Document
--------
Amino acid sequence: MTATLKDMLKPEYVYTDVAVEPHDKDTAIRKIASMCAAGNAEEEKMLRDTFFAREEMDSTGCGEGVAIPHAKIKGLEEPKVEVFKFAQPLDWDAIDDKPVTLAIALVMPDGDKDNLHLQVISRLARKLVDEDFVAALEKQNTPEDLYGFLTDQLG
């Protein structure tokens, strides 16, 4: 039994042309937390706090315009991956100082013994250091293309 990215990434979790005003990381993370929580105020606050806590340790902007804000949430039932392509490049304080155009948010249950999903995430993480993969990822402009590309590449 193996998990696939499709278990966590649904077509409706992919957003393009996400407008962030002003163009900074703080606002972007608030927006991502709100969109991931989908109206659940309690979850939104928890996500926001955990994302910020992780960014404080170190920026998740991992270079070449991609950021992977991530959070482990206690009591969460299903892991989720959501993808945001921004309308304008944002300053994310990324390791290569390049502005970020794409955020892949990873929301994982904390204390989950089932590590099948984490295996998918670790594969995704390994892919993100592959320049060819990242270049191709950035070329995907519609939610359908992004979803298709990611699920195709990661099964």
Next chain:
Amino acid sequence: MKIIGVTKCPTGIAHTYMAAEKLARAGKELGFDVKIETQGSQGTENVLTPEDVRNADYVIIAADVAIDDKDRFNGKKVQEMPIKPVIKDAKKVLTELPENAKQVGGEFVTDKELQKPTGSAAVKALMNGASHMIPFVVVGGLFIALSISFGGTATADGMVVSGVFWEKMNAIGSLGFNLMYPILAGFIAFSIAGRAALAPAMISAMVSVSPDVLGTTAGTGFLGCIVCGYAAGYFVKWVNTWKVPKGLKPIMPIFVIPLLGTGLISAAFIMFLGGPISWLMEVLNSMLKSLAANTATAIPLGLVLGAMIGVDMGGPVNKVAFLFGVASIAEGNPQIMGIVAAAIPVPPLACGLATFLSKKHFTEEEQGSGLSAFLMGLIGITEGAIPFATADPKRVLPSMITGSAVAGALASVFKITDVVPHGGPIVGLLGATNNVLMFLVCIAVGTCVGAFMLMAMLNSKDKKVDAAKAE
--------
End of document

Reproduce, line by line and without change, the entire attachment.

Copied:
Amino acid sequence: MTATLKDMLKPEYVYTDVAVEPHDKDTAIRKIASMCAAGNAEEEKMLRDTFFAREEMDSTGCGEGVAIPHAKIKGLEEPKVEVFKFAQPLDWDAIDDKPVTLAIALVMPDGDKDNLHLQVISRLARKLVDEDFVAALEKQNTPEDLYGFLTDQLG
């Protein structure tokens, strides 16, 4: 039994042309937390706090315009991956100082013994250091293309 990215990434979790005003990381993370929580105020606050806590340790902007804000949430039932392509490049304080155009948010249950999903995430993480993969990822402009590309590449 193996998990696939499709278990966590649904077509409706992919957003393009996400407008962030002003163009900074703080606002972007608030927006991502709100969109991931989908109206659940309690979850939104928890996500926001955990994302910020992780960014404080170190920026998740991992270079070449991609950021992977991530959070482990206690009591969460299903892991989720959501993808945001921004309308304008944002300053994310990324390791290569390049502005970020794409955020892949990873929301994982904390204390989950089932590590099948984490295996998918670790594969995704390994892919993100592959320049060819990242270049191709950035070329995907519609939610359908992004979803298709990611699920195709990661099964």
Next chain:
Amino acid sequence: MKIIGVTKCPTGIAHTYMAAEKLARAGKELGFDVKIETQGSQGTENVLTPEDVRNADYVIIAADVAIDDKDRFNGKKVQEMPIKPVIKDAKKVLTELPENAKQVGGEFVTDKELQKPTGSAAVKALMNGASHMIPFVVVGGLFIALSISFGGTATADGMVVSGVFWEKMNAIGSLGFNLMYPILAGFIAFSIAGRAALAPAMISAMVSVSPDVLGTTAGTGFLGCIVCGYAAGYFVKWVNTWKVPKGLKPIMPIFVIPLLGTGLISAAFIMFLGGPISWLMEVLNSMLKSLAANTATAIPLGLVLGAMIGVDMGGPVNKVAFLFGVASIAEGNPQIMGIVAAAIPVPPLACGLATFLSKKHFTEEEQGSGLSAFLMGLIGITEGAIPFATADPKRVLPSMITGSAVAGALASVFKITDVVPHGGPIVGLLGATNNVLMFLVCIAVGTCVGAFMLMAMLNSKDKKVDAAKAE